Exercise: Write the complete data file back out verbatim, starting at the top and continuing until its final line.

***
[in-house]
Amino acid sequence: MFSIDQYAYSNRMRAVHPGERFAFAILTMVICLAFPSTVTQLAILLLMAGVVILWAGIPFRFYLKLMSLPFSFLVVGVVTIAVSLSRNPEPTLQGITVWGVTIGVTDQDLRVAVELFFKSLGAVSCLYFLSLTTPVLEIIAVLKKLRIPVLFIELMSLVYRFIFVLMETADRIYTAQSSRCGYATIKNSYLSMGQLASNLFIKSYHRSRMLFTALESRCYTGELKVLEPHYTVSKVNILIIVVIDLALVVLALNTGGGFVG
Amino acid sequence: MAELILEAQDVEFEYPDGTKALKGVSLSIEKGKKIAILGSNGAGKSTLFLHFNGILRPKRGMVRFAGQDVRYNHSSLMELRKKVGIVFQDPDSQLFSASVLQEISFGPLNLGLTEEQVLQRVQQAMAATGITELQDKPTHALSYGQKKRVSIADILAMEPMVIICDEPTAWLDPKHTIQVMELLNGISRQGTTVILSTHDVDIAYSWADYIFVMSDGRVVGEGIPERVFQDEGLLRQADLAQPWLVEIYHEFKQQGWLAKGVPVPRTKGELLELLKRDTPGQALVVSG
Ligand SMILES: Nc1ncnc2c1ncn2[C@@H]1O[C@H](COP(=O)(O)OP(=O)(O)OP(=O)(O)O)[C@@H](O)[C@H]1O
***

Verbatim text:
[in-house]
Amino acid sequence: MFSIDQYAYSNRMRAVHPGERFAFAILTMVICLAFPSTVTQLAILLLMAGVVILWAGIPFRFYLKLMSLPFSFLVVGVVTIAVSLSRNPEPTLQGITVWGVTIGVTDQDLRVAVELFFKSLGAVSCLYFLSLTTPVLEIIAVLKKLRIPVLFIELMSLVYRFIFVLMETADRIYTAQSSRCGYATIKNSYLSMGQLASNLFIKSYHRSRMLFTALESRCYTGELKVLEPHYTVSKVNILIIVVIDLALVVLALNTGGGFVG
Amino acid sequence: MAELILEAQDVEFEYPDGTKALKGVSLSIEKGKKIAILGSNGAGKSTLFLHFNGILRPKRGMVRFAGQDVRYNHSSLMELRKKVGIVFQDPDSQLFSASVLQEISFGPLNLGLTEEQVLQRVQQAMAATGITELQDKPTHALSYGQKKRVSIADILAMEPMVIICDEPTAWLDPKHTIQVMELLNGISRQGTTVILSTHDVDIAYSWADYIFVMSDGRVVGEGIPERVFQDEGLLRQADLAQPWLVEIYHEFKQQGWLAKGVPVPRTKGELLELLKRDTPGQALVVSG
Ligand SMILES: Nc1ncnc2c1ncn2[C@@H]1O[C@H](COP(=O)(O)OP(=O)(O)OP(=O)(O)O)[C@@H](O)[C@H]1O